UPST

Upstart Holdings, Inc.

32.42
USD
2.53%
32.42
USD
2.53%
25.43 401.49
52 weeks
52 weeks

Mkt Cap 2.59B

Shares Out 81.96M

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This Short Squeeze Candidate Could Actually Pan Out in the Long Run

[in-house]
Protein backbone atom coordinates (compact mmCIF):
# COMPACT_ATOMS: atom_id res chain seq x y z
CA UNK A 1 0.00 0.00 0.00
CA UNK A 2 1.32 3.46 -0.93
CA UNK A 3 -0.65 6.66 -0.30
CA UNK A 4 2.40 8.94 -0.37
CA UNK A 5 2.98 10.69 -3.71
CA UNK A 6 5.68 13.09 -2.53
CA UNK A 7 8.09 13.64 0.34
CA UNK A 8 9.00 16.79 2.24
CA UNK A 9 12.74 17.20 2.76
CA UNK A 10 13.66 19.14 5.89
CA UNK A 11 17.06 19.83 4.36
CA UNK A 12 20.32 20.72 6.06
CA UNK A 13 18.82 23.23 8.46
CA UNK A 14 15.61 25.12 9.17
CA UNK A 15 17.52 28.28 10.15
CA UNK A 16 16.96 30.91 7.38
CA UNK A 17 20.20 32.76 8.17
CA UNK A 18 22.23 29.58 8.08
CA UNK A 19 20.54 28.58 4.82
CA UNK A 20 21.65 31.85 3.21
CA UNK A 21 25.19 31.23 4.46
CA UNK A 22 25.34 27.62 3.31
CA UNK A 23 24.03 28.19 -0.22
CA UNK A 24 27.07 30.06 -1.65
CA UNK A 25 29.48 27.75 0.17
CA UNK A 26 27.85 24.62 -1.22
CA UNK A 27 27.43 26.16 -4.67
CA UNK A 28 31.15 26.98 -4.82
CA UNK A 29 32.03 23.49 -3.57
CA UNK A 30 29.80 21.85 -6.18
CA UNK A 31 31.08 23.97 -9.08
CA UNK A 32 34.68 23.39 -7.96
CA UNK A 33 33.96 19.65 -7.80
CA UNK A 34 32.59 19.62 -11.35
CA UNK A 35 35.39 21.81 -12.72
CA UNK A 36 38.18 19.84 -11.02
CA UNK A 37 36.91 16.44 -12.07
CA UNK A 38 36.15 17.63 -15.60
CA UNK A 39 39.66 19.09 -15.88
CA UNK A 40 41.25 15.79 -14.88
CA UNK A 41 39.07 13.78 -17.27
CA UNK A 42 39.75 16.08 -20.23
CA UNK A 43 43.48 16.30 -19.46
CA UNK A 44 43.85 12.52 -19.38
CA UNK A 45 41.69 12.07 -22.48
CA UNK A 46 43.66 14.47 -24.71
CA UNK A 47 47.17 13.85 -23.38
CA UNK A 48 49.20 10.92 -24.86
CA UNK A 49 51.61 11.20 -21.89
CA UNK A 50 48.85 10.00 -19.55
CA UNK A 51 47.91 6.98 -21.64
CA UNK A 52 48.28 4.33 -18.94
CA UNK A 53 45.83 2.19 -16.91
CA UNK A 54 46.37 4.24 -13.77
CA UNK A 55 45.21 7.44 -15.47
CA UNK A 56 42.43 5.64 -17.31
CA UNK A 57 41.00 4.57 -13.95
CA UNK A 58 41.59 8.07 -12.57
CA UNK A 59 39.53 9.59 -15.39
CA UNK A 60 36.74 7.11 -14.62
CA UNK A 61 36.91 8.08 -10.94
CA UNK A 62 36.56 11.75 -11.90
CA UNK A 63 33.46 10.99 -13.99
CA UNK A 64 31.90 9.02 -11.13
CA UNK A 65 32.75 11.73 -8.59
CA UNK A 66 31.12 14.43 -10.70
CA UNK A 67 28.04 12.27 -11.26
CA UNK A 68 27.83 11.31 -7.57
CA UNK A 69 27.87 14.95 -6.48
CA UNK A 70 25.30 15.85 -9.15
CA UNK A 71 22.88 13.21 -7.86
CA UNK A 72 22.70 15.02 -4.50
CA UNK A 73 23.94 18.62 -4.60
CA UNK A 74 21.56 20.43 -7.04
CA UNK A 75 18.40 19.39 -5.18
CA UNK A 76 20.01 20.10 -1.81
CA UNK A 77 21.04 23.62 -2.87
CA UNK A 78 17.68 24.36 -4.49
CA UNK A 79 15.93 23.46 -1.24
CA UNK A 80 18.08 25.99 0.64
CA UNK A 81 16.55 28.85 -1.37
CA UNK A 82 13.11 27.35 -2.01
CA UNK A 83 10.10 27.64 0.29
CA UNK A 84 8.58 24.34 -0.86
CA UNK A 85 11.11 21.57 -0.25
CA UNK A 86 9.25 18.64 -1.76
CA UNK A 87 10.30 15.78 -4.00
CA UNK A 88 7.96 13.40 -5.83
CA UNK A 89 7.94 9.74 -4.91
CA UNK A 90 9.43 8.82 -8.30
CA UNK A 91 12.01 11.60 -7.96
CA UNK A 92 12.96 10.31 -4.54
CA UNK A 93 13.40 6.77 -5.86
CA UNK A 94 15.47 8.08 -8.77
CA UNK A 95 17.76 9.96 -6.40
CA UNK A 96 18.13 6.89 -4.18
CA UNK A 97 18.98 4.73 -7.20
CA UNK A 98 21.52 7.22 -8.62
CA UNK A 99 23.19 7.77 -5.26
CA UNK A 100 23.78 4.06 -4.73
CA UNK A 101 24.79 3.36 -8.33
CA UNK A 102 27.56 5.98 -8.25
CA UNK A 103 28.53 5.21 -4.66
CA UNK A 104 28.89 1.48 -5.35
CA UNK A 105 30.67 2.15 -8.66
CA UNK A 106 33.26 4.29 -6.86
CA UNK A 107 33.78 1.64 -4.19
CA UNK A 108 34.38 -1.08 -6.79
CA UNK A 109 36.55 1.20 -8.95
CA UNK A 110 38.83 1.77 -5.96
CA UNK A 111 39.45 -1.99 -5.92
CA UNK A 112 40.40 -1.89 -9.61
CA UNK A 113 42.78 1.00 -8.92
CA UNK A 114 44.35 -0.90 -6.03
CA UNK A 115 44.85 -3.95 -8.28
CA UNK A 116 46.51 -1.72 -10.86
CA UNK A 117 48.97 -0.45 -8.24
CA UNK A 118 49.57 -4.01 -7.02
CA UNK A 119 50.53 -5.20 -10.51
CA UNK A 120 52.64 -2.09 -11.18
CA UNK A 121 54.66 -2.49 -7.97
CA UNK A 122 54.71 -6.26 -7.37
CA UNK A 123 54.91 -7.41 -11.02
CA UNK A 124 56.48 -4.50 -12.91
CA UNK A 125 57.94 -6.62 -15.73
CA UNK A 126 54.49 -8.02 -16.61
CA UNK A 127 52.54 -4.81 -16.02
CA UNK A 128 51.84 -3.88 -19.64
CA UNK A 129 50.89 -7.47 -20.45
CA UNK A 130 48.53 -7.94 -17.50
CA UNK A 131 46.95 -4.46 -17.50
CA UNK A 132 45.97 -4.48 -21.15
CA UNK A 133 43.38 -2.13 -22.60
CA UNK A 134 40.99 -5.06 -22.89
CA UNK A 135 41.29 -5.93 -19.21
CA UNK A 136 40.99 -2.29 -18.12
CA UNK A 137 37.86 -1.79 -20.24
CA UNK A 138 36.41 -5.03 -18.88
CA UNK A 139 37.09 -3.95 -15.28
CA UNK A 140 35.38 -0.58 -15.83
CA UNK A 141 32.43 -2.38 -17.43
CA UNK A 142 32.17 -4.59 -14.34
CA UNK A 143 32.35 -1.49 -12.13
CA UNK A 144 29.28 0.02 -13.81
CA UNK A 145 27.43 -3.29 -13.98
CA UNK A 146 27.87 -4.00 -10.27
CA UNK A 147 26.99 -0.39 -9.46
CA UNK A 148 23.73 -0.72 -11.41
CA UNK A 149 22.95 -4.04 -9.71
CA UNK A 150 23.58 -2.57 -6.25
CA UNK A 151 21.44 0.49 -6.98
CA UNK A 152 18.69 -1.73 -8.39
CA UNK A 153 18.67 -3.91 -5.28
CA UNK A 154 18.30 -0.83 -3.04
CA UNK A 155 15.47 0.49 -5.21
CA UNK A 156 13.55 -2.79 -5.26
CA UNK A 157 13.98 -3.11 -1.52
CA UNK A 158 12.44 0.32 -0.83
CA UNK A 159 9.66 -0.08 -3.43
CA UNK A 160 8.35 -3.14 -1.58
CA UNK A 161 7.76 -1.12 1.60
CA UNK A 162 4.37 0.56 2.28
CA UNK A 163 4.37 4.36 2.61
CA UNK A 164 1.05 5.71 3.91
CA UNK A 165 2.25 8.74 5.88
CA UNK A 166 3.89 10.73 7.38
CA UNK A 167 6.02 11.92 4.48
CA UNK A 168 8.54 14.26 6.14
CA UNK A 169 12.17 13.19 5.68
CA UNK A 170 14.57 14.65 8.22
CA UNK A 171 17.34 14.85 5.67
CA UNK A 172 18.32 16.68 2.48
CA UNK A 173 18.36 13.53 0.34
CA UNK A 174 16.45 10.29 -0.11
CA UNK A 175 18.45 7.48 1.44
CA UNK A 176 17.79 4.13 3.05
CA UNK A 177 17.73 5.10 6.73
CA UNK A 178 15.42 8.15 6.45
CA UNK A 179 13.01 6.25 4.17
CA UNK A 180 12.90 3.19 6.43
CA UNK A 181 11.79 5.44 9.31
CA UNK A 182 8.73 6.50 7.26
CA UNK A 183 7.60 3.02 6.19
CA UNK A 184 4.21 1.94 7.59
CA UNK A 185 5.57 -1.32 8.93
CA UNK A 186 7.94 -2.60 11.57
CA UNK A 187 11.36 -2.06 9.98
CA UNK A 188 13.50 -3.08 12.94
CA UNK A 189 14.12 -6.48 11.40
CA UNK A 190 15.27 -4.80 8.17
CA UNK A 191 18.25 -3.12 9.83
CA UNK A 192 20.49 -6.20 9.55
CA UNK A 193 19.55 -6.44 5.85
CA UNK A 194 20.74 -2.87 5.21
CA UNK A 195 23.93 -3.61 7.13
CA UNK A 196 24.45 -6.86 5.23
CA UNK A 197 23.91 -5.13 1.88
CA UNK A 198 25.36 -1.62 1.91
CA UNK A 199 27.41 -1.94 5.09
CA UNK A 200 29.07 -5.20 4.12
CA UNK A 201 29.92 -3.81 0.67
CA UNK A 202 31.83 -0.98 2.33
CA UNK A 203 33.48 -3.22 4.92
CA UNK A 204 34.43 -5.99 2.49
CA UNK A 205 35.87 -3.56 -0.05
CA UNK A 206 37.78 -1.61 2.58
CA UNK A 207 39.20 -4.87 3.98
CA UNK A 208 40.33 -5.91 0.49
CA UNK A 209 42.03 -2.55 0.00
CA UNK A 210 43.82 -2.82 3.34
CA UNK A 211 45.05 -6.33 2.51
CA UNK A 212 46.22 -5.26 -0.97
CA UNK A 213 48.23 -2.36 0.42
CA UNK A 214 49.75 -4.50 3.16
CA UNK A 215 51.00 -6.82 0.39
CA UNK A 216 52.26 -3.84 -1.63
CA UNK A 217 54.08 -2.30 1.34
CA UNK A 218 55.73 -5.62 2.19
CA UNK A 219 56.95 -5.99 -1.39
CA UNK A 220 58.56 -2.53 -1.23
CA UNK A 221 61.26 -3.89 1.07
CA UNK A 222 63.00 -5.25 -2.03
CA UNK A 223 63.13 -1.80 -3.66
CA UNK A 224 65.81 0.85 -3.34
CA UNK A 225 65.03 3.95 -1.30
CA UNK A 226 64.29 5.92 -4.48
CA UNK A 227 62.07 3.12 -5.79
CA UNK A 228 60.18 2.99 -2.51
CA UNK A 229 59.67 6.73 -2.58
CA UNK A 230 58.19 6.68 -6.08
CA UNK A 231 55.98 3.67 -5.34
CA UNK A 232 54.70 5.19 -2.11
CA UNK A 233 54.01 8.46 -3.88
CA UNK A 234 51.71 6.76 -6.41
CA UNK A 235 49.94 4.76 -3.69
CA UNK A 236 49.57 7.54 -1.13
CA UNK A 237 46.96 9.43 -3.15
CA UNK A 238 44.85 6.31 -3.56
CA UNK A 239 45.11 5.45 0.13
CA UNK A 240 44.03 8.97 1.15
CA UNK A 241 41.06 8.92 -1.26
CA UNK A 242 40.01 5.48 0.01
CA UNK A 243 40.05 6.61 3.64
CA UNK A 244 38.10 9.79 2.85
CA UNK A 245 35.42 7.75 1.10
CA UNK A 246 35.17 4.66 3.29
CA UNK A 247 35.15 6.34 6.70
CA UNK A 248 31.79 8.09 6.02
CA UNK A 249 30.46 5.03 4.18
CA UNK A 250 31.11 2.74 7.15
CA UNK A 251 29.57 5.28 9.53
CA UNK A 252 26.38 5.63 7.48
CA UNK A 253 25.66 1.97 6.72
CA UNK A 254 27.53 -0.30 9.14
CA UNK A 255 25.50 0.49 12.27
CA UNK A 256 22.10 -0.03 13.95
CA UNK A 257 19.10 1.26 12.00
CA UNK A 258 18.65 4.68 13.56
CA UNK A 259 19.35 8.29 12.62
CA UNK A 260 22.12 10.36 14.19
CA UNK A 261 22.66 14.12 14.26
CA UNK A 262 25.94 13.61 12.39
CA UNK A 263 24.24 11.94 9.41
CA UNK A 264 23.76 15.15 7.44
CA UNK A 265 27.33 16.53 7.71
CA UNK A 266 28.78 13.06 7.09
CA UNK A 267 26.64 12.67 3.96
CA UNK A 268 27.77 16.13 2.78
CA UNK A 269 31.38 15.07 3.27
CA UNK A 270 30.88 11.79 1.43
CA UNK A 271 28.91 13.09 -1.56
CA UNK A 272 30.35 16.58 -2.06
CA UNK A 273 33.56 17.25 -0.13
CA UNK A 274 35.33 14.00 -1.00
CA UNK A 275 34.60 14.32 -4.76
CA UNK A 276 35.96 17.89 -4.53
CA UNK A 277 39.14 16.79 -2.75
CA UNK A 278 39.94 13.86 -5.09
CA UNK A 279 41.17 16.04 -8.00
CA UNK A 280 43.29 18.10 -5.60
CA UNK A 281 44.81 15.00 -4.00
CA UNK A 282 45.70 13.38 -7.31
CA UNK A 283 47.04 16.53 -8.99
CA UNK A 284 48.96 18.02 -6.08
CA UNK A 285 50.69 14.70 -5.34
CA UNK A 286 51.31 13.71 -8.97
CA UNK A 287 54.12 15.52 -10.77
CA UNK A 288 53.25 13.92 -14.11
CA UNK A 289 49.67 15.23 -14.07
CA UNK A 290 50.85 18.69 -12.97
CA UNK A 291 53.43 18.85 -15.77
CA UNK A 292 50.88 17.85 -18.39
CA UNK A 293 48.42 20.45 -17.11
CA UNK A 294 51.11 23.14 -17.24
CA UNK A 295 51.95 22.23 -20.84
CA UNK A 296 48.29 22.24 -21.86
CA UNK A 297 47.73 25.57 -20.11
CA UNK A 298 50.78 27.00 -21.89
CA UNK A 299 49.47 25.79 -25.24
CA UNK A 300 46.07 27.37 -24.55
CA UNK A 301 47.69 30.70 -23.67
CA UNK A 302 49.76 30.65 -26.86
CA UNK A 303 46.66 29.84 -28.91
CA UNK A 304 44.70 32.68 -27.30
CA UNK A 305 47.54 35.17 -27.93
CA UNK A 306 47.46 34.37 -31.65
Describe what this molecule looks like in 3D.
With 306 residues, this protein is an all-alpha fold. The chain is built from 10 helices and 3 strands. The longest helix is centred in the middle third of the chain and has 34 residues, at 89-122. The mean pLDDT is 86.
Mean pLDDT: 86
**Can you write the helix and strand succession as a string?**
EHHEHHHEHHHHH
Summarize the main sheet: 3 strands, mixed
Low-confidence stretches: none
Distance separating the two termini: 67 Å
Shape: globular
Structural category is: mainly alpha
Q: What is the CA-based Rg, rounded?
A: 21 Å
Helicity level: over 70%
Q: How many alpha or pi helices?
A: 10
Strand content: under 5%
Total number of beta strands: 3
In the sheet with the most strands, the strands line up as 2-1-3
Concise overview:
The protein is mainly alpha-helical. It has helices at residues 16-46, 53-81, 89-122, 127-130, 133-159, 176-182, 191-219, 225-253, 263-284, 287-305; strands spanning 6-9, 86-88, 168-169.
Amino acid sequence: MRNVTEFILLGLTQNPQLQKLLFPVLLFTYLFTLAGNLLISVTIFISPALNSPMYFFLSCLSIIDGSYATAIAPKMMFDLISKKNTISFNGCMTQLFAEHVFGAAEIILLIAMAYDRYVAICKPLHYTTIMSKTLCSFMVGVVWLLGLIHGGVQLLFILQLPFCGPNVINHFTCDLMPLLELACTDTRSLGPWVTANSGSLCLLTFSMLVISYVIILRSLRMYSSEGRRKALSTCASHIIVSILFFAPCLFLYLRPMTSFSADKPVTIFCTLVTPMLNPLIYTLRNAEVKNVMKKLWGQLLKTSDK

They're certainly fun trades to make, assuming you time them just right. But no serious long-term investor sees spotting prospective short squeezes as a sound stock-picking strategy. There's just too much luck and strategy needed to consistently make money with the approach. That's not to suggest, however, that a short squeeze candidate can't be a stock worth owning for the long haul. Plenty of great publicly traded companies -- particularly young ones -- see their shares occasionally targeted by short-sellers looking to make a quick, easy buck. Sometimes a good short squeeze rally is all that's needed to get these tickers moving higher once and for all, ultimately driven upward by that company's actual growth. Upstart Holdings (NASDAQ: UPST) is one such name right now, ripe for a short squeeze that could be the beginning of so much more. What's a short squeeze? If you're not familiar with the term, a short squeeze is simply a rally sparked by significant fear-induced buying of a stock from traders who have sold those shares short. A short sale simply means a trader has sold a stock they don't currently own with the aim of buying it back at a lower price on a later date. Yes, it's completely legal. There's something of a catch for short-sellers, though, that doesn't apply to the conventional "buy low, sell high" approach to investing. That is, while the maximum risk anyone assumes in owning a stock is limited to the amount put into that particular investment, the potential risk in selling a stock short is technically infinite. See, the only way to close out a short position is by buying the stock back. The only question is, at what price? That's how short squeezes got their name, by the way -- the higher a stock climbs, the more panicked a short seller gets. Eventually, they may be all but forced to buy the stock back at a loss to cover their position, which ironically enough only further fuels that rally, putting even more pressure on other short sellers of that stock. To this end, as of the most recent look, a whopping 22.5% of Upstart's 84.6 million outstanding shares are shorted, with many of those trades inspired by the stock's clear weakness since October. For comparison, the S&P 500's current short interest is a relatively typical sub-2%. In short (pun completely intended), a bunch of people are going to have to buy shares of Upstart sooner or later. The thing is, that time could come sooner than later. Unsurprisingly successful But what's going to prompt the short of bullishness that sends all these short-sellers into a panic-prompted buying frenzy? Upstart Holdings' story. It's simple enough. After years of limited competition, disinterest in improvement, and a little hubris, credit bureaus Equifax (NYSE: EFX), Experian (OTC: EXPG.Y), and TransUnion (NYSE: TRU) are no longer the highly trusted means of assessing an individual's creditworthiness that they used to be. All three have their own methods of calculating a credit score in-house (VantageScore is what they call it), And Equifax and Experian rely heavily on a borrower's FICO score. Using an algorithm and artificial intelligence, Upstart Holdings has developed its own scoring system that management says factors in many more variables to more accurately calculate how likely it is someone will actually repay borrowed money. The merits of the company's approach can be seen in the numbers. The company's own internal study suggests its creditworthiness measures result in 75% fewer defaults than banks' typical approval process that depends heavily on traditional credit bureaus. Or, looking at the data from a different perspective, Upstart's method allows for 173% more approvals than loans based on traditional credit scores without any additional loan losses. Impressed? So are Firstmark Credit Union, Red Rocks Credit Union, Subaru, Volkswagen, Corning Credit Union, and AgFed Credit Union, all of which have tapped Upstart this year alone to help them make smarter lending decisions. These lenders join a bunch of others that signed up last year, which collectively generated a total of $849 million worth of revenue in 2021, up 264% from 2020's top line. The company's starting to beef up its operating profits in a big way as a result too, producing $135 million in net income last year versus only $6 million the year before. The analyst community is looking for comparable growth this year, and beyond. It's not a stretch to suggest the stock's short-sellers just didn't see this sort of success coming, or being sustained. Patiently own Upstart Holdings for the right reasons While Upstart Holdings stock may be ripe for a short squeeze, that doesn't necessarily mean one is in the works. It often takes a catalyst or even a deliberate effort from speculative investors to snap a stock out of a downtrend and into a short-squeeze rally. And there's never any assurance these will be effective ... at least not at the point in time you'd expect them to be. For true buy-and-hold investors, though, the exact timing of such moves doesn't matter. This stock's prospects are compelling because the company's capitalizing on an opportunity with real staying power. As is usually the case, time will do most of whatever heavy lifting there is to be done here. 10 stocks we like better than Upstart Holdings, Inc. When our award-winning analyst team has a stock tip, it can pay to listen. After all, the newsletter they have run for over a decade, Motley Fool Stock Advisor, has tripled the market.* They just revealed what they believe are the ten best stocks for investors to buy right now... and Upstart Holdings, Inc. wasn't one of them! That's right -- they think these 10 stocks are even better buys. *Stock Advisor returns as of April 7, 2022 James Brumley has no position in any of the stocks mentioned. The Motley Fool has positions in and recommends Upstart Holdings, Inc. and Volkswagen AG. The Motley Fool recommends Experian and Fair Isaac. The Motley Fool has a disclosure policy. The views and opinions expressed herein are the views and opinions of the author and do not necessarily reflect those of Nasdaq, Inc. Founded in 1993 in Alexandria, VA., by brothers David and Tom Gardner, The Motley Fool is a multimedia financial-services company dedicated to building the world's greatest investment community. Reaching millions of people each month through its website, books, newspaper column, radio show, television appearances, and subscription newsletter services, The Motley Fool champions shareholder values and advocates tirelessly for the individual investor. The company's name was taken from Shakespeare, whose wise fools both instructed and amused, and could speak the truth to the king -- without getting their heads lopped off.